German sculptor who was not recognized in his homeland for a long time and was considered too Italian
Adolf von Hildebrand (Adolf Ritter von Hildebrand; October 6, 1847 January 18, 1921) a famous German sculptor of the second half of the XIX early XX centuries, an outstanding representative of academicism. Adolf von Hildebrand was a very versatile creative person; in addition to sculpture, he was fond of architecture, painting, graphics and medalism. His work was highly appreciated by his contemporaries, and the Bavarian king in 1904 bestowed the knighthood on the master for his merits. The artist’s biography is full of numerous travels in Europe; he spent a significant part of his life outside Germany.
Adolf von Hildebrand was also a respected art theorist, and his fundamental work Das Problem der Form in der Bildenden Kunst, first published in 1892, has since been translated into dozens of foreign languages. Among the disciples of the artist, two of his sons-in-law should be especially noted Theodor Georgii and Carl Sattler, who later became famous sculptors.
Biography of Adolf von Hildebrand
Adolf Hildebrand was born on October 6, 1847 in Marburg, located in the historic center of Germany. His father Bruno was an outstanding German economist and politician, and on the mother’s side the ancestors of the future artist had Jewish roots. Adolf was the fifth of eight children in the family, his older brother Rudolf later, like his father, became a famous economist, and the younger Otto became a professor of surgery at the University of Berlin.
Hildebrand Sr. was actively involved in politics for many years, so the family moved frequently. Adolf began his studies at the school in Kassel, continued in Zurich and Bern, and graduated in Jena, where his father for the last 13 years of his life was the rector of the prestigious Friedrich Schiller University (Johann Christoph Friedrich von Schiller).
After completing his secondary education, Adolf Hildebrand entered the Nürberg Art School, and then continued his studies at the Munich Academy of Arts, where he was mentored by the outstanding German sculptor Caspar von Zumbusch. After completing his studies, the young artist left for Italy in 1867, where he was deeply impressed by the work of the best masters of antiquity and the Renaissance.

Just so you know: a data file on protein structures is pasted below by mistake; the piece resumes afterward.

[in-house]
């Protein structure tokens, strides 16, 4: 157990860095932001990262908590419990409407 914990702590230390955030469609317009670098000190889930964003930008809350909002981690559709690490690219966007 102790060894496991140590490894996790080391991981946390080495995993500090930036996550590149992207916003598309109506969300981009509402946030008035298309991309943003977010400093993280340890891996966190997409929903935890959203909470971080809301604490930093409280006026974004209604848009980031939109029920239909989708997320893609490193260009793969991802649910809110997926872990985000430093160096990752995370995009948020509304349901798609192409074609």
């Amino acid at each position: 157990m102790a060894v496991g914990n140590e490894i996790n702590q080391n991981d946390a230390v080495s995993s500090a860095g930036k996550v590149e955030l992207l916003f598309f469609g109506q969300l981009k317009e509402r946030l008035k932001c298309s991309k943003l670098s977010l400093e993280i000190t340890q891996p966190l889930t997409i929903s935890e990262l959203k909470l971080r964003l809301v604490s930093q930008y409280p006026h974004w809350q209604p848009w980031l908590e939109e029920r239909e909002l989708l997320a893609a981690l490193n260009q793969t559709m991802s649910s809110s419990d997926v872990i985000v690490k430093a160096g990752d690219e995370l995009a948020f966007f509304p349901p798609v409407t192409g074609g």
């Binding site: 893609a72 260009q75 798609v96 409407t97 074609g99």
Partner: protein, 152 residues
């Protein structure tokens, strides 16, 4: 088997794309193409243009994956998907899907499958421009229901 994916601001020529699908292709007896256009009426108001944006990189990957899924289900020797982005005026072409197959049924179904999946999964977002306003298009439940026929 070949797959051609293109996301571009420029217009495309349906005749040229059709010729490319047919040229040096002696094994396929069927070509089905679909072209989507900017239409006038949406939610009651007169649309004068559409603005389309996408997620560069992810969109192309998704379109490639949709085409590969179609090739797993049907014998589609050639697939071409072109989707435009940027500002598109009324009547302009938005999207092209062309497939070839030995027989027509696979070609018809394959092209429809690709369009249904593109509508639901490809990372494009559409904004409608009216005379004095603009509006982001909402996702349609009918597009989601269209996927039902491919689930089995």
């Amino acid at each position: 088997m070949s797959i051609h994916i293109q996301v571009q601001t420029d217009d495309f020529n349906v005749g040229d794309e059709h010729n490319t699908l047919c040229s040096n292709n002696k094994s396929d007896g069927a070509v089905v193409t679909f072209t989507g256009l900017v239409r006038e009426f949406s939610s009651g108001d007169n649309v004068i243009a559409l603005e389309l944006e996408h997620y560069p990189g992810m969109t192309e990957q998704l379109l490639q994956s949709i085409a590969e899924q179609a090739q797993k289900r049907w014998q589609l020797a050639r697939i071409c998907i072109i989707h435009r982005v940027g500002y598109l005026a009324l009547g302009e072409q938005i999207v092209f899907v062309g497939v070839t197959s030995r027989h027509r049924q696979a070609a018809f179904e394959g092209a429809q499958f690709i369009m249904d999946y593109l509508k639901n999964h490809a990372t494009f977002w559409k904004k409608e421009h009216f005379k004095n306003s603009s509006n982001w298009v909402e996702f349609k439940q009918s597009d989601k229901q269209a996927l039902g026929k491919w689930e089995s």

Soon, together with a group of like-minded people, he founded the “Roman Circle” (Römischer Kreis), which also included:
- Konrad Fiedler
- Hans von Marées
- Arnold Böcklin;
- Anselm von Feuerbach.
The members of this creative association urged their colleagues to abandon decadent sentiments in favor of the true values of ancient art. But their ideas were negatively perceived in the German artistic environment, as a result of which Hildebrand did not return to his homeland until the end of the 1880s.
Having visited France and Austria at the junction of 1860-70s, Adolf then settled in Florence for a long time. Here he created many sculptures, as well as successfully engaged in the manufacture of frescoes and city fountains. In 1877, Adolf Hildebrand married Irene Scheufelen with whom he lived happily until his death. In marriage, he had five daughters and a son. The eldest daughter of the master Eva later became an artist, Irene a sculptor, and his only son Dietrich an authoritative philosopher and theologian.
Gradually, the attitude towards the artist’s work in Germany changed
And in 1898 he decided to return to his homeland forever. Hildebrand personally designed his own house in Munich, which today is called the Hildebrandhaus, and moved with his family there. A luxurious mansion in the capital of Bavaria, built in the style of the late Renaissance, for many years became an influential center of communication for the Munich elite. Regular guests of the Hildebrand family were members of the royal family, writers, artists, composers and philosophers from different parts of Germany, Austria and Switzerland.
In recognition of his outstanding services at the end of his life, the artist was awarded the title of knight, and since then the aristocratic prefix “von” has been added to his surname. Having survived the hardships of the First World War and the collapse of the German Empire, Adolf von Hildebrand died on January 18, 1921 in his luxurious home with his family. The grave of the great master is still located at the Oberföring cemetery, located in the north-east of Munich.
The most famous works of Adolf von Hildebrand
The genius German sculptor has created many wonderful works during his long creative career. And yet, some of the most famous works of Adolf von Hildebrand include:
- The Wittelsbacher Fountain in Munich (1895) is a classicist masterpiece by the great master, destroyed during World War II and completely restored by the artist’s son-in-law Theodor George in 1952. In this monumental work, the author in an allegorical form embodied the power of the element of water, its destructive and fertile power.
- The Hildebrandhaus (1898) is the artist’s most famous architectural masterpiece, which he worked on for nine years. The building, built in the Renaissance style, served as a home, studio and luxury residence for the owner to receive numerous guests.
- The Father-Rhine fountain (1897-1903) is a monumental work dedicated to an ancient deity the guardian of the most famous German river. Initially, the fountain was located in Strasbourg, but after the loss of Alsace by Germany as a result of the First World War, it was completely dismantled and re-installed in Munich.
- The Bismarck Monument in Bremen (1910) is the only monument in the world with the image of the Iron Chancellor on horseback. The armored rider sits on a six-meter stone plinth in the center of one of the oldest German cities, next to the cathedral.